The rapid development of AI systems, and the attempts to introduce them ubiquitously, are a source of both optimism and concern. AI can help humans in many different areas — as the cybersecurity industry knows firsthand. We at Kaspersky have been using machine learning (ML) for almost 20 years, and know for a fact that without AI systems it’s simply not possible to defend against the huge array of cyberthreats out there. During this time we’ve also identified a wide range of issues associated with AI — from training it on incorrect data to malicious attacks on AI systems and using AI for unethical purposes.
Various international discussion platforms and organizations have already developed general principles of ethical AI (here are the UNESCO recommendations, for example), but more specific guidelines for the cybersecurity industry have yet to be commonly accepted.
In order to apply AI in cybersecurity without negative consequences, we propose that the industry adopt a set of AI ethical principles, the first version of which we are presenting at the UN Internet Governance Forum in Kyoto, Japan. The principles need to be discussed and clarified across the wider cybersecurity community, of course, but we are already adhering to them. What are these principles? Here they are in brief.
Users have the right to know if a security provider uses AI systems, as well as how these systems make decisions and for what purposes. This is why we are committed to developing AI systems that are interpretable to the maximum extent possible, with all necessary safeguards in place to ensure they produce valid outcomes. Anyone can get acquainted with our code and workflows by visiting one of our Kaspersky Transparency Centers.
Among the threats facing AI systems is the manipulation of input datasets to produce inappropriate decisions. Therefore, we believe that AI developers must prioritize resilience and security.
To this end, we adopt a whole range of practical measures to deliver high-quality AI systems: AI-specific security audits and red teaming; minimal use of third-party datasets in training; plus implementing an array of technologies for multilayered protection. Where possible, we favor cloud-based AI (with all the necessary safeguards in place) over locally installed models.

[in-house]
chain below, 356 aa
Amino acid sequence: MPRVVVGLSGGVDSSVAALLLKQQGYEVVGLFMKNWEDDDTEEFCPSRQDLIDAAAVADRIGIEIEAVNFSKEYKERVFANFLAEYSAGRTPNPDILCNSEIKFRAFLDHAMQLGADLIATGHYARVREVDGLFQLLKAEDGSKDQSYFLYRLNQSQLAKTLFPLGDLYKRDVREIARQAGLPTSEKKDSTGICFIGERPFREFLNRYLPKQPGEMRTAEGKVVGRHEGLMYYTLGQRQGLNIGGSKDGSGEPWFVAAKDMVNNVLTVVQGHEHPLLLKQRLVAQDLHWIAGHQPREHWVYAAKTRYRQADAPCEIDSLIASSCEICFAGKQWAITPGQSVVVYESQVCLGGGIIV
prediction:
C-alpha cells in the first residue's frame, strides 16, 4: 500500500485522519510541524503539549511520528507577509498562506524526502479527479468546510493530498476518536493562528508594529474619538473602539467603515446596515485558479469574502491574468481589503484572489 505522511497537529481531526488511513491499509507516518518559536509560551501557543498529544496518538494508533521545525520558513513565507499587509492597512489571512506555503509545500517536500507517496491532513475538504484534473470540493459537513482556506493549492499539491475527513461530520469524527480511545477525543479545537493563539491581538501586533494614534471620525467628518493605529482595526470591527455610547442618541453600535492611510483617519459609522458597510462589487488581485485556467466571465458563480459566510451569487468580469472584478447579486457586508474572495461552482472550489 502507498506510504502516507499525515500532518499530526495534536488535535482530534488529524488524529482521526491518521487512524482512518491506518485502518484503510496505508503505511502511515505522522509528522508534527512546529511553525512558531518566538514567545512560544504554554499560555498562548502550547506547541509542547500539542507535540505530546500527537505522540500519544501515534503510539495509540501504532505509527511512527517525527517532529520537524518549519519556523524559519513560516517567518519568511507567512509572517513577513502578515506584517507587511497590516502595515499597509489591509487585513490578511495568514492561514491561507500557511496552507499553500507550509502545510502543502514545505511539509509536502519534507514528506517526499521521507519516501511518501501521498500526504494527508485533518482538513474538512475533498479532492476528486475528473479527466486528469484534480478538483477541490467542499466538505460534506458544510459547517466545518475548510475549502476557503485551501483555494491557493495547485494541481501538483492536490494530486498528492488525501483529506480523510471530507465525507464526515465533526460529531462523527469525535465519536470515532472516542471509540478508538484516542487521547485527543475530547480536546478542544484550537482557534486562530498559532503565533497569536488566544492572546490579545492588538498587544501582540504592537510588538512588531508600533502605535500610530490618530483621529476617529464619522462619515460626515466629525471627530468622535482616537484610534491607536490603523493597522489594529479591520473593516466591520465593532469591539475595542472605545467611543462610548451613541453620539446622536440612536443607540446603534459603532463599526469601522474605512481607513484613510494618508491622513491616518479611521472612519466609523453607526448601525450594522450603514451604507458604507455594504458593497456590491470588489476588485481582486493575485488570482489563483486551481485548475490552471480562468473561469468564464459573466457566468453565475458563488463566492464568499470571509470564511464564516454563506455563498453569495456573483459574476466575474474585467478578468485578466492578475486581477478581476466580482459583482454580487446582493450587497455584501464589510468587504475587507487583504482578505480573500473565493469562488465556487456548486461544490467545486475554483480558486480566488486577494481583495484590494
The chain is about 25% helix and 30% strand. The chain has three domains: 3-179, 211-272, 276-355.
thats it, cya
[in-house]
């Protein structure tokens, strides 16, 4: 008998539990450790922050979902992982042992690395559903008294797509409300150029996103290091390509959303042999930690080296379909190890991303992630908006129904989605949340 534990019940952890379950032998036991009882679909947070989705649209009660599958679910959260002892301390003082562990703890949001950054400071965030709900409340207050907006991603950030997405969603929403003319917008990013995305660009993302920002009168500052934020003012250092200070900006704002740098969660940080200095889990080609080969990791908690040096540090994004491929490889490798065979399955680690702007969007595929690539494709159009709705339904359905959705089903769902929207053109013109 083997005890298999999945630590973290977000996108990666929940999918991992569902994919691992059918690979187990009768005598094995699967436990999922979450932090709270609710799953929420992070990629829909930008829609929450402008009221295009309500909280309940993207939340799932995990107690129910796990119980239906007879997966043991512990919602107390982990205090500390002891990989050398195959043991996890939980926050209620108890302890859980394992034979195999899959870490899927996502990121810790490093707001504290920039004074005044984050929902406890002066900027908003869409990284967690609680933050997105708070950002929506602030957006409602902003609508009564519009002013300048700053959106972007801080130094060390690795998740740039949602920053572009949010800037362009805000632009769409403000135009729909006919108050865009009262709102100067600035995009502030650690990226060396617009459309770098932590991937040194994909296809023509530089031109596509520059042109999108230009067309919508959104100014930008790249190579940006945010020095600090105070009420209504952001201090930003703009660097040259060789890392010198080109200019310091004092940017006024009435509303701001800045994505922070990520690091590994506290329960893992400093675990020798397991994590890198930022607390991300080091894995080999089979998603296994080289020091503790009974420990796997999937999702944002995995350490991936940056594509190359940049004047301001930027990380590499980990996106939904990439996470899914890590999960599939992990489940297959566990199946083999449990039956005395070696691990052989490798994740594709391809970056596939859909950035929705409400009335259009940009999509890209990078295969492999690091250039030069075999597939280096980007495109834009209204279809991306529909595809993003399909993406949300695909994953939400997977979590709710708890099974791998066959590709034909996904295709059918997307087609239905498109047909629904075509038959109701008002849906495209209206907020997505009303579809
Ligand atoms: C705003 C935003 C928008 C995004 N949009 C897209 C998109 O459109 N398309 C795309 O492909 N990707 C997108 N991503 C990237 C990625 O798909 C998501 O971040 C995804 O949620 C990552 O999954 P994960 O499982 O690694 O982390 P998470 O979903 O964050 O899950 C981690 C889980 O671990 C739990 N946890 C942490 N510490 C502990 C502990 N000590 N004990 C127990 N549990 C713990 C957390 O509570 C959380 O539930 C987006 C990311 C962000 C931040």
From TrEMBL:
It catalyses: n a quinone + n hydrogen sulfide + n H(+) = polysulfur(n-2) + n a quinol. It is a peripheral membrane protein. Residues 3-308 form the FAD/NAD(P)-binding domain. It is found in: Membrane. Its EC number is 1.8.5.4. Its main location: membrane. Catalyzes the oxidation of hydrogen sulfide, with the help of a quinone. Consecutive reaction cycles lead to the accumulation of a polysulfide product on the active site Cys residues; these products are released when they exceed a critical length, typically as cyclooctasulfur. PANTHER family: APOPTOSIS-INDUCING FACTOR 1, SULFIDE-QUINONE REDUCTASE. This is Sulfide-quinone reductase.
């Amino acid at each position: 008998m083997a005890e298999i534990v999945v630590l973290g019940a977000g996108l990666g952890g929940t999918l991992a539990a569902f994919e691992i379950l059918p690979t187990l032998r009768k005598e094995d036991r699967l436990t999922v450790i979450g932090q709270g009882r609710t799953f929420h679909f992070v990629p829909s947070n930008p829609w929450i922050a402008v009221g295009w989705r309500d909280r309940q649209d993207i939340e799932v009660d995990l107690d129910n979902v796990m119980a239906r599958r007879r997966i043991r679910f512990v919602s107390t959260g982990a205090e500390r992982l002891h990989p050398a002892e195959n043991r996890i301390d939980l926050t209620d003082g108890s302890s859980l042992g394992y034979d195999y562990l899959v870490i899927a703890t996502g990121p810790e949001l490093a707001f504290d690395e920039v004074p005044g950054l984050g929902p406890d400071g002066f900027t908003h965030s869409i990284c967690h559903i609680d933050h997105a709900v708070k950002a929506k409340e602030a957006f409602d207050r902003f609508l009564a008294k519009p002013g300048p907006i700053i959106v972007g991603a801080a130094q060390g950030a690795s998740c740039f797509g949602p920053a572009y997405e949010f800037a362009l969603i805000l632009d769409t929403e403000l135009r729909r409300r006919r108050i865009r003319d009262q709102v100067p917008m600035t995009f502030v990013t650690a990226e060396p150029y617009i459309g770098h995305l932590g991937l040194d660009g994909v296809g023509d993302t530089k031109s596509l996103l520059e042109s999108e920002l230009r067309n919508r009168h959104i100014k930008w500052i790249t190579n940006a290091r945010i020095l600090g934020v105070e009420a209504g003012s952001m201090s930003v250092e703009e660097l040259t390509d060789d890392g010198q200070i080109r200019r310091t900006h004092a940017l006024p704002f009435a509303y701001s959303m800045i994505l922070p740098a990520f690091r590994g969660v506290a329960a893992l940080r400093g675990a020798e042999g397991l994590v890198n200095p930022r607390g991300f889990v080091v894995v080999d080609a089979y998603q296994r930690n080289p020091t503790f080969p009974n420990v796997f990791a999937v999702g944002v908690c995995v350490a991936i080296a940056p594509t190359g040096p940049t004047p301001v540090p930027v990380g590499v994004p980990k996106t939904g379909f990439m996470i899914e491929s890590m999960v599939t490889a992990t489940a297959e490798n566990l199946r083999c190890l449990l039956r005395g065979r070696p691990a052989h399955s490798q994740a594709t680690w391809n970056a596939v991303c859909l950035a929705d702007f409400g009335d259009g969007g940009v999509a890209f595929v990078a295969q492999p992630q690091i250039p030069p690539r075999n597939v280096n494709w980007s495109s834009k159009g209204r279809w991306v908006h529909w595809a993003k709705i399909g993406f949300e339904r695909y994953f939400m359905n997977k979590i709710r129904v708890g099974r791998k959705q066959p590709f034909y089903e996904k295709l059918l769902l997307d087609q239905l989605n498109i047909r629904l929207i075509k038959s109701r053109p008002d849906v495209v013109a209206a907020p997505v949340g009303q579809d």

Although our ML systems can operate autonomously, their results and performance are constantly monitored by experts. Verdicts of our automated systems are fine-tuned as required, and the systems themselves are adapted and modified by experts to resist fundamentally new and/or highly sophisticated cyberthreats. We combine ML with human expertise, and are committed to forever maintaining this human element of control in our systems.
AI cannot be trained without big data — some of which may be personal. Therefore, an ethical approach to its use must respect the rights of individuals to privacy. In information security practice, this can involve various measures: limiting the types and quantity of data processed; pseudonymization and anonymization; reducing data composition; ensuring data integrity; and applying technical and organizational measures to protect data.
Developed for cybersecurity
AI in cybersecurity must be used solely for defensive purposes. This forms an integral part of our mission to build a secure world in which tomorrow’s technologies enhance all our lives.
Open for dialogue
We believe that only through working together can we overcome the obstacles associated with the adoption and use of AI for security. For this reason, we promote dialogue with all stakeholders to share best practices in the ethical use of AI.